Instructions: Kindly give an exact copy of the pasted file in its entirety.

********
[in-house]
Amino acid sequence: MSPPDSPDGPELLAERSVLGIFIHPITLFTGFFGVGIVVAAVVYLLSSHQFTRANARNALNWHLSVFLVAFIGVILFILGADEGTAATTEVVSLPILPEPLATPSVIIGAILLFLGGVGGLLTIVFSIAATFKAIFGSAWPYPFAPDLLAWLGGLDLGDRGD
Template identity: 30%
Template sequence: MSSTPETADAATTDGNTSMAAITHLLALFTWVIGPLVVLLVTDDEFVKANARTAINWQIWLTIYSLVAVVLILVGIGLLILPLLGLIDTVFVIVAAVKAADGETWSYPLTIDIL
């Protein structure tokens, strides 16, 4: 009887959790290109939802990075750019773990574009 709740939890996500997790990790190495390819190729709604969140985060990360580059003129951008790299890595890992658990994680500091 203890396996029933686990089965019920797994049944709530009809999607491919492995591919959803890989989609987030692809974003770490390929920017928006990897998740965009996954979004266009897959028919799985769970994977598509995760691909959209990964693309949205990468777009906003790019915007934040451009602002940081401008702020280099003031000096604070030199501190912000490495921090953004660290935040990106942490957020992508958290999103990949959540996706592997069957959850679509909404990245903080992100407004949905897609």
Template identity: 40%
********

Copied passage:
[in-house]
Amino acid sequence: MSPPDSPDGPELLAERSVLGIFIHPITLFTGFFGVGIVVAAVVYLLSSHQFTRANARNALNWHLSVFLVAFIGVILFILGADEGTAATTEVVSLPILPEPLATPSVIIGAILLFLGGVGGLLTIVFSIAATFKAIFGSAWPYPFAPDLLAWLGGLDLGDRGD
Template identity: 30%
Template sequence: MSSTPETADAATTDGNTSMAAITHLLALFTWVIGPLVVLLVTDDEFVKANARTAINWQIWLTIYSLVAVVLILVGIGLLILPLLGLIDTVFVIVAAVKAADGETWSYPLTIDIL
């Protein structure tokens, strides 16, 4: 009887959790290109939802990075750019773990574009 709740939890996500997790990790190495390819190729709604969140985060990360580059003129951008790299890595890992658990994680500091 203890396996029933686990089965019920797994049944709530009809999607491919492995591919959803890989989609987030692809974003770490390929920017928006990897998740965009996954979004266009897959028919799985769970994977598509995760691909959209990964693309949205990468777009906003790019915007934040451009602002940081401008702020280099003031000096604070030199501190912000490495921090953004660290935040990106942490957020992508958290999103990949959540996706592997069957959850679509909404990245903080992100407004949905897609």
Template identity: 40%